Meet the Soldier Boy; Dean-Charles Chapman Is the Breakout Star of Sam Mendes's New Oscar-Tipped War Epic, 1917. He Tells Katie Strick about Gruelling Shoots, Golden Globes Glory, and Starring Opposite Andrew Scott

The Evening Standard (London, England), January 9, 2020 | Go to article overview

Meet the Soldier Boy; Dean-Charles Chapman Is the Breakout Star of Sam Mendes's New Oscar-Tipped War Epic, 1917. He Tells Katie Strick about Gruelling Shoots, Golden Globes Glory, and Starring Opposite Andrew Scott


Byline: Katie Strick

DEAN-CHARLES Chapman speaks with the weight of a man who's lived through the horrors of war, which is probably because he has, in many ways. "I was in the First World War for nearly a year," the Game Of Thrones star tells me, in the same loveable Cockney twang as his on-screen character in double Golden Globe-winning film, 1917.

The thriller, co-written, directed and produced by Skyfall director Sir Sam Mendes and starring acting heavyweights from Benedict Cumberbatch to Andrew Scott, scooped best director and best motion picture at Sunday night's starry LA ceremony and Essexborn Chapman, 22, was one of just two of its stars to join a trophy-clutching Mendes on stage.

His character, Lance Corporal Tom Blake, is one of the film's two protagonists: a pair of young British soldiers sent on a high-stakes and seemingly impossible mission to deliver a message that will prevent a massacre among fellow battalions.

Lance Corporal William Schofield (George MacKay) is the more dour of the two -- a disillusioned twenty-something who traded a medal he won at the Somme for a bottle of French wine. His comrade Blake, 18, is a baby-faced country boy whose own brother (Richard Madden) is one of the 1,600 men they're sent to save.

"It's sort of like therapy, talking about it," Chapman tells me over coffee at Westminster's Corinthia hotel, five months after filming and midway through two jet-set press tours around the US.

The film lands in UK cinemas tomorrow and has already been called one of the year's "mightiest technical achievements" for its immersive, real-time feel. Set in a single day in April 1917, the entire 117-minute film has been meticulously stitched together to give the impression it is one continuous shot -- the first time the technique has been used on a film of this magnitude. "It really was a fully choreographed dance between the actors and the camera," says Chapman, recounting how he and MacKay were put through six months of rehearsals and a rigorous military boot camp to prepare for filming.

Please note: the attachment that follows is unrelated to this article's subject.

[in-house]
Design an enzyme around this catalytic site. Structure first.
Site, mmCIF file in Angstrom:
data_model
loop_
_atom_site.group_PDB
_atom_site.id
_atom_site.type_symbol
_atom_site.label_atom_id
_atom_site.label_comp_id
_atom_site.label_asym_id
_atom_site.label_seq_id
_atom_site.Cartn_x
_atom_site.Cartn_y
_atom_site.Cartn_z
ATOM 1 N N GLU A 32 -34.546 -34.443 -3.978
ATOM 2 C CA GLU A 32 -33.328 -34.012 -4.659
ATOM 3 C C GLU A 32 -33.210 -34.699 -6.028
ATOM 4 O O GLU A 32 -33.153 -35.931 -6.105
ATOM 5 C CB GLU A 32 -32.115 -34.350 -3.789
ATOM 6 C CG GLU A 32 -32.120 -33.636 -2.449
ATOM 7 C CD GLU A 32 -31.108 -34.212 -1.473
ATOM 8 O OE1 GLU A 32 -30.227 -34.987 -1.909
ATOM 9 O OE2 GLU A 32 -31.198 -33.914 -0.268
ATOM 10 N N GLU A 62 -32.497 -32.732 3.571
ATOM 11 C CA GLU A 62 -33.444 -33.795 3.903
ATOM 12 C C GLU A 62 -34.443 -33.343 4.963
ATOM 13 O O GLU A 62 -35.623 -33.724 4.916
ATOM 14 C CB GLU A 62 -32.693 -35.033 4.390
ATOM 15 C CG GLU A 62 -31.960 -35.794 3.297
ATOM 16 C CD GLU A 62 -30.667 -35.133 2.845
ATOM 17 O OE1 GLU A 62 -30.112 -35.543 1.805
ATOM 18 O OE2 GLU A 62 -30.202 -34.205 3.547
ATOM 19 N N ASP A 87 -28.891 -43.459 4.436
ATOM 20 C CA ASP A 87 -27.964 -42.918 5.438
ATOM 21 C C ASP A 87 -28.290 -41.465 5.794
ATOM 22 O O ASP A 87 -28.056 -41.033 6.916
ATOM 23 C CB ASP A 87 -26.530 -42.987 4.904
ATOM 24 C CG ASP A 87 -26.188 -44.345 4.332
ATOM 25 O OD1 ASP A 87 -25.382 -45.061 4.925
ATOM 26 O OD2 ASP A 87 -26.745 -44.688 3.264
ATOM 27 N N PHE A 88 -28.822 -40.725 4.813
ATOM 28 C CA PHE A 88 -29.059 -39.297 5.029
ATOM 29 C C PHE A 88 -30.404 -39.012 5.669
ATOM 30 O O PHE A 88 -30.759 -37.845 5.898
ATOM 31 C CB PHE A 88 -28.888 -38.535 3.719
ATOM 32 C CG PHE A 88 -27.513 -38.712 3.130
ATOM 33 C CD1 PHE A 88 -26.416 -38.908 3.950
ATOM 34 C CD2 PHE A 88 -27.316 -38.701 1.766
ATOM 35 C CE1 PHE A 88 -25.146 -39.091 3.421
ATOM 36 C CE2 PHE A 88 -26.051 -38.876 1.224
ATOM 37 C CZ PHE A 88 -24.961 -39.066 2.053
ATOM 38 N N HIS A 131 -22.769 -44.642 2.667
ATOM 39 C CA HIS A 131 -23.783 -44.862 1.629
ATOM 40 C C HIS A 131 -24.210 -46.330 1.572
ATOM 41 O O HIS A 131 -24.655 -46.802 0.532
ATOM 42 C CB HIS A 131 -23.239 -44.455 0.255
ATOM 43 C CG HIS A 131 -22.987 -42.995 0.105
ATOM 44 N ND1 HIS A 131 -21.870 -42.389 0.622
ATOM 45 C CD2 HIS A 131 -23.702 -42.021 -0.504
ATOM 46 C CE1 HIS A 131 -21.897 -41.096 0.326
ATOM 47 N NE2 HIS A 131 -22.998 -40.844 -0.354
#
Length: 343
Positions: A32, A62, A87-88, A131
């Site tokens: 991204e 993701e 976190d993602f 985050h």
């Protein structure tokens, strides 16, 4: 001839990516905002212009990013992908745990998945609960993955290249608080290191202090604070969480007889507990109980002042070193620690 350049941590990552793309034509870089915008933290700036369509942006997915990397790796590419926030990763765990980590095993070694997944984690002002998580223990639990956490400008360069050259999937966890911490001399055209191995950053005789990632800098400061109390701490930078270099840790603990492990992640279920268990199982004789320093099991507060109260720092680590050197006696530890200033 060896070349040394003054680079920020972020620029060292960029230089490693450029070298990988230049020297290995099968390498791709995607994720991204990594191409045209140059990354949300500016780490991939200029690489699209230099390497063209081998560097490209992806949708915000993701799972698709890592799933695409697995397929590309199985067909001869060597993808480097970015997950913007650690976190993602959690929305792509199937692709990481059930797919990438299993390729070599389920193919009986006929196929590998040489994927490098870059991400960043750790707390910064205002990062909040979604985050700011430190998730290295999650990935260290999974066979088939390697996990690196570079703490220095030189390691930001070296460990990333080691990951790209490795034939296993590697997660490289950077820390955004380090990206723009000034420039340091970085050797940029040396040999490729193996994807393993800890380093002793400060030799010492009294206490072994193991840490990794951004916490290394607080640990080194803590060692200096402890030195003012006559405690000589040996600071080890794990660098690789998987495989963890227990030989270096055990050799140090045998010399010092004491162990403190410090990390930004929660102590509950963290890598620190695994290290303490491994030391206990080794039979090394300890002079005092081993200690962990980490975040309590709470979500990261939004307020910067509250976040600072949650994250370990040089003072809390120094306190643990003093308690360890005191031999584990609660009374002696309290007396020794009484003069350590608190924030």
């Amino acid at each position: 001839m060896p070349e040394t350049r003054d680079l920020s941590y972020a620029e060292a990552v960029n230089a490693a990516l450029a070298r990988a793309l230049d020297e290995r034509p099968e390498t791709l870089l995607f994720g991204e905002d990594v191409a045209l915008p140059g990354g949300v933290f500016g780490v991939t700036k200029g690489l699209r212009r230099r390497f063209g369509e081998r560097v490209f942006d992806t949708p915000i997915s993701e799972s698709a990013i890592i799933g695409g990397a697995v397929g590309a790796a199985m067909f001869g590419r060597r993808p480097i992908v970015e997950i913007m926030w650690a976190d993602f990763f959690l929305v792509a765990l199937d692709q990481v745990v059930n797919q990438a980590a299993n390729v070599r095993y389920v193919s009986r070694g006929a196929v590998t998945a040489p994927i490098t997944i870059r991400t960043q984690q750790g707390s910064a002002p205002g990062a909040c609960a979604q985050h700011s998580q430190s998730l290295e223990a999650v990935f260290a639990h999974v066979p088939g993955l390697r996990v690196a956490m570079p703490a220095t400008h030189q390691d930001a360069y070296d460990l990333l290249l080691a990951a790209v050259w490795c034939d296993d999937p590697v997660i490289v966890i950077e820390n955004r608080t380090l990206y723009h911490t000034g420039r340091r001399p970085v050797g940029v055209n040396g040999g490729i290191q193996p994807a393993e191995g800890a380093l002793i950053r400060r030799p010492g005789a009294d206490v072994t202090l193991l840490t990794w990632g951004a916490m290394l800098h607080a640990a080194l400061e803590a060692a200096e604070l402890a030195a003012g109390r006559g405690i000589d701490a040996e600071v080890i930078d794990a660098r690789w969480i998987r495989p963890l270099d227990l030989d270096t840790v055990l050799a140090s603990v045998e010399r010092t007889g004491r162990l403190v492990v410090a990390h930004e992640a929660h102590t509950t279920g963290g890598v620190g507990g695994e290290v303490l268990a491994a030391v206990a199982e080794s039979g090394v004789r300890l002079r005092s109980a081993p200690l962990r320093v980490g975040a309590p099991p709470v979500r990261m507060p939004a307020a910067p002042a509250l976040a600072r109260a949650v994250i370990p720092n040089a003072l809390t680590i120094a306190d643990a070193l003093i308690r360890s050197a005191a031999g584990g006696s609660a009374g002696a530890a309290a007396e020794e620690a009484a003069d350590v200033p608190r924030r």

"The scene needed to be the length of the set and the set needed to be the length of the scene. So every rehearsal was done full-out with full emotion to judge how quickly we were moving towards the camera and how quickly the camera needed to catch up."

Shooting all 117 minutes in one take would have been impossible so cuts were carefully placed in moments that were unnoticeable to viewers -- explosions that clouded the screen or brief CGI shots -- and scenes were often several minutes' long. Chapman's longest lasted nine minutes. "That was the hardest scene for me because we'd only read it through once," he recalls. "Sam just wanted to let us do it on the day to see what came out. The first time I did it, I couldn't stop crying after they called cut I was just so wrapped up and traumatised by the scene and the themes of what we were doing."

Filming took place across Scotland, Hertfordshire and on military land in Wiltshire, where a mile of trenches were built to full scale with "real mud and dirt". Chapman had shin splints during shooting and conditions were "exactly how they would've been": mud was "like ice", dead horses looked like dead horses, "over-the-top" scenes saw 500 extras scrambling out of the trenches.

"It was really, really difficult to just walk," he says, admitting there are several accidental slips and falls in the film where he and MacKay missed their footing in the mud. Their fear, too, was "really real". "When you're 10 minutes into a scene and you've got those surroundings looking how they would have actually been, there's almost no acting required," says Chapman. "It's mostly a case of living and breathing and reacting how the character would react. …

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